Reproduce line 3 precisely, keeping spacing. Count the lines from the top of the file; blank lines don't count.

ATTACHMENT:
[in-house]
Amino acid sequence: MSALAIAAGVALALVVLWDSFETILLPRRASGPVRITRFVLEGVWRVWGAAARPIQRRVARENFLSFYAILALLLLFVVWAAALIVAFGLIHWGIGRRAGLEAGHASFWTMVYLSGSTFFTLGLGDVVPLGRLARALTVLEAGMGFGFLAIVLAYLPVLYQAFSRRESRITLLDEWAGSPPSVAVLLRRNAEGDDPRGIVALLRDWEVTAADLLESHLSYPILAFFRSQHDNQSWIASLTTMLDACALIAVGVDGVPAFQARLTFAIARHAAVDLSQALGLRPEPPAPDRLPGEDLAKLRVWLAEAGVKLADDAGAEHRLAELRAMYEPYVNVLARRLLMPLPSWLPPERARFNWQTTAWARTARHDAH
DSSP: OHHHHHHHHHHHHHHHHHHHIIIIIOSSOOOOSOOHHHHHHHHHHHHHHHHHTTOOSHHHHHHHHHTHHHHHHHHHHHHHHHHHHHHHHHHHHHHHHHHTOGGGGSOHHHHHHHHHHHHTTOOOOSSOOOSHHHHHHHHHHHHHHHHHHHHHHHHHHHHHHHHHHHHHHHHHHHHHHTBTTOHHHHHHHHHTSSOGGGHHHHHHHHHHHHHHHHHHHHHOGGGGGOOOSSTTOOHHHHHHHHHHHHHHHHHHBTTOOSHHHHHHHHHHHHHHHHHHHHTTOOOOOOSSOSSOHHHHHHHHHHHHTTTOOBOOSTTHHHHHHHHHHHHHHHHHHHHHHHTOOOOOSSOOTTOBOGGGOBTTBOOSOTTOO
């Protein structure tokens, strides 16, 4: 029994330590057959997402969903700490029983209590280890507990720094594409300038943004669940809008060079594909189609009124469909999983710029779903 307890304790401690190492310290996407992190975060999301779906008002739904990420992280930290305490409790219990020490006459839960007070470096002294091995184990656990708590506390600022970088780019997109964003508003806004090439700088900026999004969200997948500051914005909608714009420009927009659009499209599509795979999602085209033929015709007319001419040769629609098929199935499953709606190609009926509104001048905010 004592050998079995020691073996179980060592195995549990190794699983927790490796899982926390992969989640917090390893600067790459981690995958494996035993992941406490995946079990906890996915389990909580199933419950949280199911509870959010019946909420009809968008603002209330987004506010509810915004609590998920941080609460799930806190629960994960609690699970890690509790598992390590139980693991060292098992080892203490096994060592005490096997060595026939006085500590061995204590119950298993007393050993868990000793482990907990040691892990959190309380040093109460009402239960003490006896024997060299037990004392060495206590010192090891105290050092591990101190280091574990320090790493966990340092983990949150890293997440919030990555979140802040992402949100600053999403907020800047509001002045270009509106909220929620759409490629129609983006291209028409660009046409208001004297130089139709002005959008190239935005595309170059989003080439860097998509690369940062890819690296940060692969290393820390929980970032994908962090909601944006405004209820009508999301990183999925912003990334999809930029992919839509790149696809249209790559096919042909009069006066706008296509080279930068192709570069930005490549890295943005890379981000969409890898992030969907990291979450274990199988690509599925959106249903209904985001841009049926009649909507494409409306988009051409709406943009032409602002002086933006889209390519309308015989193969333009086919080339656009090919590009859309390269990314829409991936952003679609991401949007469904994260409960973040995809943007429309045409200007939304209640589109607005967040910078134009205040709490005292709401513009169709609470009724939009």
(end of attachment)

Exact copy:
DSSP: OHHHHHHHHHHHHHHHHHHHIIIIIOSSOOOOSOOHHHHHHHHHHHHHHHHHTTOOSHHHHHHHHHTHHHHHHHHHHHHHHHHHHHHHHHHHHHHHHHHTOGGGGSOHHHHHHHHHHHHTTOOOOSSOOOSHHHHHHHHHHHHHHHHHHHHHHHHHHHHHHHHHHHHHHHHHHHHHHTBTTOHHHHHHHHHTSSOGGGHHHHHHHHHHHHHHHHHHHHHOGGGGGOOOSSTTOOHHHHHHHHHHHHHHHHHHBTTOOSHHHHHHHHHHHHHHHHHHHHTTOOOOOOSSOSSOHHHHHHHHHHHHTTTOOBOOSTTHHHHHHHHHHHHHHHHHHHHHHHTOOOOOSSOOTTOBOGGGOBTTBOOSOTTOO